They are going to know that he has played three clay court matches when usually he has played 25 and won four tournaments. Now they think they have a chance.

So, they are going to think they have a chance and think they have a chance to take a set out of him, then in the second round the guy takes two sets out of him and by the time he gets to the semis and Thiem, or whoever he plays, he’s not as fresh and as confident as he’s been in the past, that’s the worry I see for Rafa, which is why I cannot put him as the favourite because of the conditions.

Dominic Thiem celebrating

So, the main rivals for the men’s tournament? You’re talking Thiem (above) and Djokovic?

Yes, Thiem and Djokovic and I think that there is Shapovalov and Tsitsipas, Zverev, Berrettini, these guys are monsters on clay these days because they are so powerful and they hit the ball so hard. They are not intimidated by Rafa Nadal or anyone, so I think there are going to be upsets. It’s kind of a slow, heavy clay court so you are going to have to hit the ball flat and hard and I think a lot of guys know how to do that so I think it’s going to be a great tournament in terms of the tennis.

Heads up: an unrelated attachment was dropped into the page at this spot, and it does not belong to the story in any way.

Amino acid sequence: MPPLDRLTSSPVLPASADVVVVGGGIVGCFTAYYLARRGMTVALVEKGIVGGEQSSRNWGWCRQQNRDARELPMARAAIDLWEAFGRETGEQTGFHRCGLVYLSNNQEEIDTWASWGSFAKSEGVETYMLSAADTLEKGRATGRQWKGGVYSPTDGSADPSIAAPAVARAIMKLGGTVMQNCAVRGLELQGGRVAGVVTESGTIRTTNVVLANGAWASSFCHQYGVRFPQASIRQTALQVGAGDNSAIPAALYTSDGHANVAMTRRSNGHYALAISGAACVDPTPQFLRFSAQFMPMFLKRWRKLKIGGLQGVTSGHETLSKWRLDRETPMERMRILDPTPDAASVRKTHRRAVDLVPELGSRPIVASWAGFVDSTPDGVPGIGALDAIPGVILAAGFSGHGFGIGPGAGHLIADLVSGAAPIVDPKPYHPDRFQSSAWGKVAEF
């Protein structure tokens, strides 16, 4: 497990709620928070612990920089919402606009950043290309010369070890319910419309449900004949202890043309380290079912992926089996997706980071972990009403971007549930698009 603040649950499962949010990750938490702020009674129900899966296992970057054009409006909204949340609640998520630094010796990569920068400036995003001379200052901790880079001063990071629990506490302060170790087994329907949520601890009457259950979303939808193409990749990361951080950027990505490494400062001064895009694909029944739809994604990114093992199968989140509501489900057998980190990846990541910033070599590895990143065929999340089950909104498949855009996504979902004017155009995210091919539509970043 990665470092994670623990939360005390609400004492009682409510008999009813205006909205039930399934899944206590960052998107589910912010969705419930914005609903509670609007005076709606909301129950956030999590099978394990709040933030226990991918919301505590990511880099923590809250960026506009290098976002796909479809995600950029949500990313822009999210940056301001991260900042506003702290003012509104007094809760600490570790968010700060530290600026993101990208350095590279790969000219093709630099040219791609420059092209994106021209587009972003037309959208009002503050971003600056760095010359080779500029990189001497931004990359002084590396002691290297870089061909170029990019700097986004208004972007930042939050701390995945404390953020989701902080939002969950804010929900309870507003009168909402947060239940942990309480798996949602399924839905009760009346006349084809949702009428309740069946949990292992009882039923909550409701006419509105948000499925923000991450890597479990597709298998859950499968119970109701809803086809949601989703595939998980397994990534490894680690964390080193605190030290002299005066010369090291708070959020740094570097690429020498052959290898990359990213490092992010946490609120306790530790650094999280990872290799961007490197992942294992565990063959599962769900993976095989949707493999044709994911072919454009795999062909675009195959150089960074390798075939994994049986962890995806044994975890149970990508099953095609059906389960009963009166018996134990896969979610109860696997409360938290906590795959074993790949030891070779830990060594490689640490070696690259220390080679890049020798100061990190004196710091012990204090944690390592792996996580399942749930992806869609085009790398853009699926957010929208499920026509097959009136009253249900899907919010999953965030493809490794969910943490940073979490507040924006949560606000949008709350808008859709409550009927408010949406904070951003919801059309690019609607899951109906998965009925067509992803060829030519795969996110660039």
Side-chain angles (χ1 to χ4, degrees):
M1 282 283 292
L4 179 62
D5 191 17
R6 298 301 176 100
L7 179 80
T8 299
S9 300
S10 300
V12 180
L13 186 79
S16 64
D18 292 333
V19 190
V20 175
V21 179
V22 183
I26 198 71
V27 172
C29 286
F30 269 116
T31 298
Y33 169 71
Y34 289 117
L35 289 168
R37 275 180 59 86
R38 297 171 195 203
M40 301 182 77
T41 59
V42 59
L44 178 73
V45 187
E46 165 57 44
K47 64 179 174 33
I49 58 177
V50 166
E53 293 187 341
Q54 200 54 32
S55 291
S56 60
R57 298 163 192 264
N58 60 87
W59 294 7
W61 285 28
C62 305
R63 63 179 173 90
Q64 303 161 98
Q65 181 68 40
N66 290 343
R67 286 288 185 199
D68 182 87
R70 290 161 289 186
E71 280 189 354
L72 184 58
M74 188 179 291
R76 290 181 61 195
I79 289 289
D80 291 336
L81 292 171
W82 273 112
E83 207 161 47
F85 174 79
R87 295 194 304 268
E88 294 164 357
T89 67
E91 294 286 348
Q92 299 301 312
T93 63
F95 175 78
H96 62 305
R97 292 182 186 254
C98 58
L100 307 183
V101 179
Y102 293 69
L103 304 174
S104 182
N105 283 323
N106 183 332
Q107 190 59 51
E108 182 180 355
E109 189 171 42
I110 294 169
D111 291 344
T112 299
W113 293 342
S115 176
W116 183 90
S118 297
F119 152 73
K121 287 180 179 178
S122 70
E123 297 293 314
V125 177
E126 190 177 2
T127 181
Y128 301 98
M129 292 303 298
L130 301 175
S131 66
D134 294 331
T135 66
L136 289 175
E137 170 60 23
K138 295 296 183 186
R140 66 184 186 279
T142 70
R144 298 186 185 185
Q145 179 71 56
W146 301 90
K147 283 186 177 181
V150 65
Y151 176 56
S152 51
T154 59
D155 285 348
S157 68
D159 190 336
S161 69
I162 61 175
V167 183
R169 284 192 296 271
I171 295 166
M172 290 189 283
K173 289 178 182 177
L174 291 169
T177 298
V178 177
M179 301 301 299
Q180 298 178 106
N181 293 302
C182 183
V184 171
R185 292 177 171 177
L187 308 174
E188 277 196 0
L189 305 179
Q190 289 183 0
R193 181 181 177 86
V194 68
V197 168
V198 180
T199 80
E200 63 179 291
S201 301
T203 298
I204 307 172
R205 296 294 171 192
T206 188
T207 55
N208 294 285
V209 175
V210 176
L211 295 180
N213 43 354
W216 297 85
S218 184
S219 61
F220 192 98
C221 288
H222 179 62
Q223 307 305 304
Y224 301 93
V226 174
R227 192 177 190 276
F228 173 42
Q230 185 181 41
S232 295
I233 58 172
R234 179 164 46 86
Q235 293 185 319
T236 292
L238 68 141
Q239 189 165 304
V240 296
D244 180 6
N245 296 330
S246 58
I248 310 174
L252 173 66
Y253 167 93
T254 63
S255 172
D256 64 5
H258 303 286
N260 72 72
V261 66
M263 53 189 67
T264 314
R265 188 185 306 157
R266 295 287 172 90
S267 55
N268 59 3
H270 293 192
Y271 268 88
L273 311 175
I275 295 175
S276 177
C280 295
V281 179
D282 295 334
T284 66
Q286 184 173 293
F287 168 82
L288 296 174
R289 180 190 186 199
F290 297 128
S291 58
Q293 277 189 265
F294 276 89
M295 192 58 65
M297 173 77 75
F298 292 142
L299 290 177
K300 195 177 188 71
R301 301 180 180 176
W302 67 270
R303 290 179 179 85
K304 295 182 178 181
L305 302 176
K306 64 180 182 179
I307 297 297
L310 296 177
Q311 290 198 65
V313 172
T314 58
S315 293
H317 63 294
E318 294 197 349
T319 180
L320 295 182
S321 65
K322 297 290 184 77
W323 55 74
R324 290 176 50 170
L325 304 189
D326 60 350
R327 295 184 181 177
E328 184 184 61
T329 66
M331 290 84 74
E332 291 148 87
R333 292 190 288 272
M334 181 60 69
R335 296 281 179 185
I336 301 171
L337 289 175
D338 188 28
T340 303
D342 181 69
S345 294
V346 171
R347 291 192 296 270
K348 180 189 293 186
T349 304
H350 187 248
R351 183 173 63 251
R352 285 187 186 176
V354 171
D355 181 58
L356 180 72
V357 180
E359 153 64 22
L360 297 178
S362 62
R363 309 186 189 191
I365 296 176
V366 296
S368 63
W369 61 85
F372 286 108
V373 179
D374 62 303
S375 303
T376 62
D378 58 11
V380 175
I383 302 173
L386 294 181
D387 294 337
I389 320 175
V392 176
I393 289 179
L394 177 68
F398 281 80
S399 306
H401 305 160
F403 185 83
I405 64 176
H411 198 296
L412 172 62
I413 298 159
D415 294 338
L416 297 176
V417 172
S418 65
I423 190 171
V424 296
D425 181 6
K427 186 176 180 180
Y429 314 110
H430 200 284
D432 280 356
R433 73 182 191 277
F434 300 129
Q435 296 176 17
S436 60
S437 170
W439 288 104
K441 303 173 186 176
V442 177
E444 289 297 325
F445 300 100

Mats Wilander is a tennis expert for Eurosport. All courts and all matches from Roland-Garros from Paris will be live on Eurosport and Eurosport app starting Sunday 27 September.